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Standards in meat processing explained

Posted: 9 March 2006 | Emma West, Meat Industry Inspection Specialist, EFSIS | No comments yet

The meat industry has, deservedly or not, been the subject of much adverse media comment in recent years. Recognised standards, inspected by independent third party auditors, are a key tool in building and maintaining consumer confidence. This article examines how standards work in the modern meat processing sector.

The meat industry has, deservedly or not, been the subject of much adverse media comment in recent years. Recognised standards, inspected by independent third party auditors, are a key tool in building and maintaining consumer confidence. This article examines how standards work in the modern meat processing sector.

The meat industry has, deservedly or not, been the subject of much adverse media comment in recent years. Recognised standards, inspected by independent third party auditors, are a key tool in building and maintaining consumer confidence. This article examines how standards work in the modern meat processing sector.

There has been criticism of the industry under a wide range of headings: animal welfare, hygiene standards, processing methods, product formulation and false/misleading claims. Given the amount of attention the industry attracts it is perhaps no surprise that there are a large number of standards covering the production of meat and meat products.

Standards generally fall into two categories: generic standards or product specific standards. Generic standards are standards that may be used by all sectors of the food industry, for example, the British Retail Consortium (BRC) Global Standard – Food, or the International Food Standard (IFS). Product specific standards are standards that are only relevant to certain products, for example, British Charter Quality Ham or Bacon.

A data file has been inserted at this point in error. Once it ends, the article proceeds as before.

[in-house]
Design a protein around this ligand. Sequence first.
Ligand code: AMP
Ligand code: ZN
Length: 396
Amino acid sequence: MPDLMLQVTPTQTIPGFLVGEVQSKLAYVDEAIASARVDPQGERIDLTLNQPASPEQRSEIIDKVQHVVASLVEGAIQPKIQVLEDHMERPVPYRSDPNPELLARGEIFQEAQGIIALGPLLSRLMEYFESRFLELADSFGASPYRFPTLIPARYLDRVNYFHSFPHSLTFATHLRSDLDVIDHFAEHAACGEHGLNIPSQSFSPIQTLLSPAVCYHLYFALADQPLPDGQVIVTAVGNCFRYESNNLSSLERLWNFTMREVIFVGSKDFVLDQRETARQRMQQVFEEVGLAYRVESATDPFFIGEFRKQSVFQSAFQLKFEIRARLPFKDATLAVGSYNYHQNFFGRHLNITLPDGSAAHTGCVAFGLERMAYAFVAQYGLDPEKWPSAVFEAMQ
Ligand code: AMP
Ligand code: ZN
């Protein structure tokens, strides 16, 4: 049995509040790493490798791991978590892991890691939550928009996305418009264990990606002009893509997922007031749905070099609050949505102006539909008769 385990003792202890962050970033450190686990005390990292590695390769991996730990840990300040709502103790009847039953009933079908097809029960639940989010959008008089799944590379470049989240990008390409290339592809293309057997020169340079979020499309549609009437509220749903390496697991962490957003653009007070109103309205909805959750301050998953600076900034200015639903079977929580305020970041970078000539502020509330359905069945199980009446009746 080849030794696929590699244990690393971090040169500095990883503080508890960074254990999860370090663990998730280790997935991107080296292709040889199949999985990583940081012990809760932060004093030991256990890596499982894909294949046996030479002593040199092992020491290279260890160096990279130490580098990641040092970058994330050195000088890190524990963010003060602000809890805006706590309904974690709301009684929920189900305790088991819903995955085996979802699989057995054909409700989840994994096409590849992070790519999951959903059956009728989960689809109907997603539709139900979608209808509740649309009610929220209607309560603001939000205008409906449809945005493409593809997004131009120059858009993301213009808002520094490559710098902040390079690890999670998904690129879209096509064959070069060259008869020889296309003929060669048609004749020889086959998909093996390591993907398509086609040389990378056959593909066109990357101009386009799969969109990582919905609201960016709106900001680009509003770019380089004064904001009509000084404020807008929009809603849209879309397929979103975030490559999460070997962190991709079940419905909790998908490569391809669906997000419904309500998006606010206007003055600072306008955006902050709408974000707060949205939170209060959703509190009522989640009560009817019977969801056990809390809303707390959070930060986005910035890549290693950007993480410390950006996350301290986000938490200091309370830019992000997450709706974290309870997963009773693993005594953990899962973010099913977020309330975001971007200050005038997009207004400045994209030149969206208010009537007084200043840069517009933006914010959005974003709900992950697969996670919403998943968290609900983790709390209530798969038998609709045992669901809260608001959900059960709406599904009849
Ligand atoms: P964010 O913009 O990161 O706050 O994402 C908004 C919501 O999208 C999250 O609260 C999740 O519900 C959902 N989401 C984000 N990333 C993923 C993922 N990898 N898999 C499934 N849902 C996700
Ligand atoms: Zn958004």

Standards are used by meat processors for a number of reasons:

  • Many pro-active processors want to have confidence in the products being produced; the production environment; methods employed and the in-house quality management system
  • They may also wish to use a logo or make a claim about a product which requires verification / participation in a scheme
  • Participation in a recognised scheme may also provide the processor with an enhanced due diligence defence
  • It may be a condition of supply – many retailers specify that in order to supply own label products the processor must have an inspection and maintain current certification to a specified standard
  • The retailer may also wish to display a logo on the end product or make claims about a product that requires verification